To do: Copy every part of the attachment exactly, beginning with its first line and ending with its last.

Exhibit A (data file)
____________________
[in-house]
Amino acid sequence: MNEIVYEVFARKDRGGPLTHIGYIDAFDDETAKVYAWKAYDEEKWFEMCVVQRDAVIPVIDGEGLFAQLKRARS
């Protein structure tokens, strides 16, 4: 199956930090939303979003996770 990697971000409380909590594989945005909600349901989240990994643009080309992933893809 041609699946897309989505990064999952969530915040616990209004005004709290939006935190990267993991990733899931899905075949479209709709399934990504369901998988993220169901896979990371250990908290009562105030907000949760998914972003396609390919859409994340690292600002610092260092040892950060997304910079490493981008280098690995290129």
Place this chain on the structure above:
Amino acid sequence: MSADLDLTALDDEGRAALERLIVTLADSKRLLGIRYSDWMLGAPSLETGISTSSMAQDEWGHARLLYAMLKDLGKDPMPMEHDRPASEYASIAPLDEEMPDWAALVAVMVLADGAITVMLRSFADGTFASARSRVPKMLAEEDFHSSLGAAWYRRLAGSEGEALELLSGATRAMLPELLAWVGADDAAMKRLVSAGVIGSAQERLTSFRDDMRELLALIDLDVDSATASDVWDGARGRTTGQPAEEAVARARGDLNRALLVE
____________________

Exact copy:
[in-house]
Amino acid sequence: MNEIVYEVFARKDRGGPLTHIGYIDAFDDETAKVYAWKAYDEEKWFEMCVVQRDAVIPVIDGEGLFAQLKRARS
């Protein structure tokens, strides 16, 4: 199956930090939303979003996770 990697971000409380909590594989945005909600349901989240990994643009080309992933893809 041609699946897309989505990064999952969530915040616990209004005004709290939006935190990267993991990733899931899905075949479209709709399934990504369901998988993220169901896979990371250990908290009562105030907000949760998914972003396609390919859409994340690292600002610092260092040892950060997304910079490493981008280098690995290129």
Place this chain on the structure above:
Amino acid sequence: MSADLDLTALDDEGRAALERLIVTLADSKRLLGIRYSDWMLGAPSLETGISTSSMAQDEWGHARLLYAMLKDLGKDPMPMEHDRPASEYASIAPLDEEMPDWAALVAVMVLADGAITVMLRSFADGTFASARSRVPKMLAEEDFHSSLGAAWYRRLAGSEGEALELLSGATRAMLPELLAWVGADDAAMKRLVSAGVIGSAQERLTSFRDDMRELLALIDLDVDSATASDVWDGARGRTTGQPAEEAVARARGDLNRALLVE